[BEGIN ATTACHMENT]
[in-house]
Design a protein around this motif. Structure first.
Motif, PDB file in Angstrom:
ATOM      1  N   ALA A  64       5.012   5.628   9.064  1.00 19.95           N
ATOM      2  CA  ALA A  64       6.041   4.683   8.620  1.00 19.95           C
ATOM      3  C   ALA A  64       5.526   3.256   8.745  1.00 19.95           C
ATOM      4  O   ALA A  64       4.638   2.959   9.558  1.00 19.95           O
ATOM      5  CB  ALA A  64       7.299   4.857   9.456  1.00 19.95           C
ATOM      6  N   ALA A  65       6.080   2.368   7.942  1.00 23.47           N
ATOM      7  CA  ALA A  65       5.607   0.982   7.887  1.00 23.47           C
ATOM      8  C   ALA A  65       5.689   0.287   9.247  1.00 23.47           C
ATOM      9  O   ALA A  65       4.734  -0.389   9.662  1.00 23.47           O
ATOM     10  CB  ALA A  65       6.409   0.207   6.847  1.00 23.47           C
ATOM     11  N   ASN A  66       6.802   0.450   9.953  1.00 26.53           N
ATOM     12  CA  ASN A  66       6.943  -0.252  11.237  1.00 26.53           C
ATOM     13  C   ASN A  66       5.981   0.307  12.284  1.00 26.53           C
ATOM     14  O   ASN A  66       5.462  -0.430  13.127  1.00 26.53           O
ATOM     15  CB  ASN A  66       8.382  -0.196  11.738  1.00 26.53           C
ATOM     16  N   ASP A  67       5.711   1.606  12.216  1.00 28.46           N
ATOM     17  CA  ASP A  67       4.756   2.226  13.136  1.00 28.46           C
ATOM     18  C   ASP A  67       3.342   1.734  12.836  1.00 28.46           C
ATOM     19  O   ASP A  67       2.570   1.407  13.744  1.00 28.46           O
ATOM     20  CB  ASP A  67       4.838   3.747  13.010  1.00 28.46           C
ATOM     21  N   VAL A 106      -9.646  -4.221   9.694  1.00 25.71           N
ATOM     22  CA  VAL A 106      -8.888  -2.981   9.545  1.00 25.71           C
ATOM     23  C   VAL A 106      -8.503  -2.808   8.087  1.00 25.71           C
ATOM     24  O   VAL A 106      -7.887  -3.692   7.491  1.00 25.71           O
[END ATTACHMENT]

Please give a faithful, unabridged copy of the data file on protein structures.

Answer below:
[in-house]
Design a protein around this motif. Structure first.
Motif, PDB file in Angstrom:
ATOM      1  N   ALA A  64       5.012   5.628   9.064  1.00 19.95           N
ATOM      2  CA  ALA A  64       6.041   4.683   8.620  1.00 19.95           C
ATOM      3  C   ALA A  64       5.526   3.256   8.745  1.00 19.95           C
ATOM      4  O   ALA A  64       4.638   2.959   9.558  1.00 19.95           O
ATOM      5  CB  ALA A  64       7.299   4.857   9.456  1.00 19.95           C
ATOM      6  N   ALA A  65       6.080   2.368   7.942  1.00 23.47           N
ATOM      7  CA  ALA A  65       5.607   0.982   7.887  1.00 23.47           C
ATOM      8  C   ALA A  65       5.689   0.287   9.247  1.00 23.47           C
ATOM      9  O   ALA A  65       4.734  -0.389   9.662  1.00 23.47           O
ATOM     10  CB  ALA A  65       6.409   0.207   6.847  1.00 23.47           C
ATOM     11  N   ASN A  66       6.802   0.450   9.953  1.00 26.53           N
ATOM     12  CA  ASN A  66       6.943  -0.252  11.237  1.00 26.53           C
ATOM     13  C   ASN A  66       5.981   0.307  12.284  1.00 26.53           C
ATOM     14  O   ASN A  66       5.462  -0.430  13.127  1.00 26.53           O
ATOM     15  CB  ASN A  66       8.382  -0.196  11.738  1.00 26.53           C
ATOM     16  N   ASP A  67       5.711   1.606  12.216  1.00 28.46           N
ATOM     17  CA  ASP A  67       4.756   2.226  13.136  1.00 28.46           C
ATOM     18  C   ASP A  67       3.342   1.734  12.836  1.00 28.46           C
ATOM     19  O   ASP A  67       2.570   1.407  13.744  1.00 28.46           O
ATOM     20  CB  ASP A  67       4.838   3.747  13.010  1.00 28.46           C
ATOM     21  N   VAL A 106      -9.646  -4.221   9.694  1.00 25.71           N
ATOM     22  CA  VAL A 106      -8.888  -2.981   9.545  1.00 25.71           C
ATOM     23  C   VAL A 106      -8.503  -2.808   8.087  1.00 25.71           C
ATOM     24  O   VAL A 106      -7.887  -3.692   7.491  1.00 25.71           O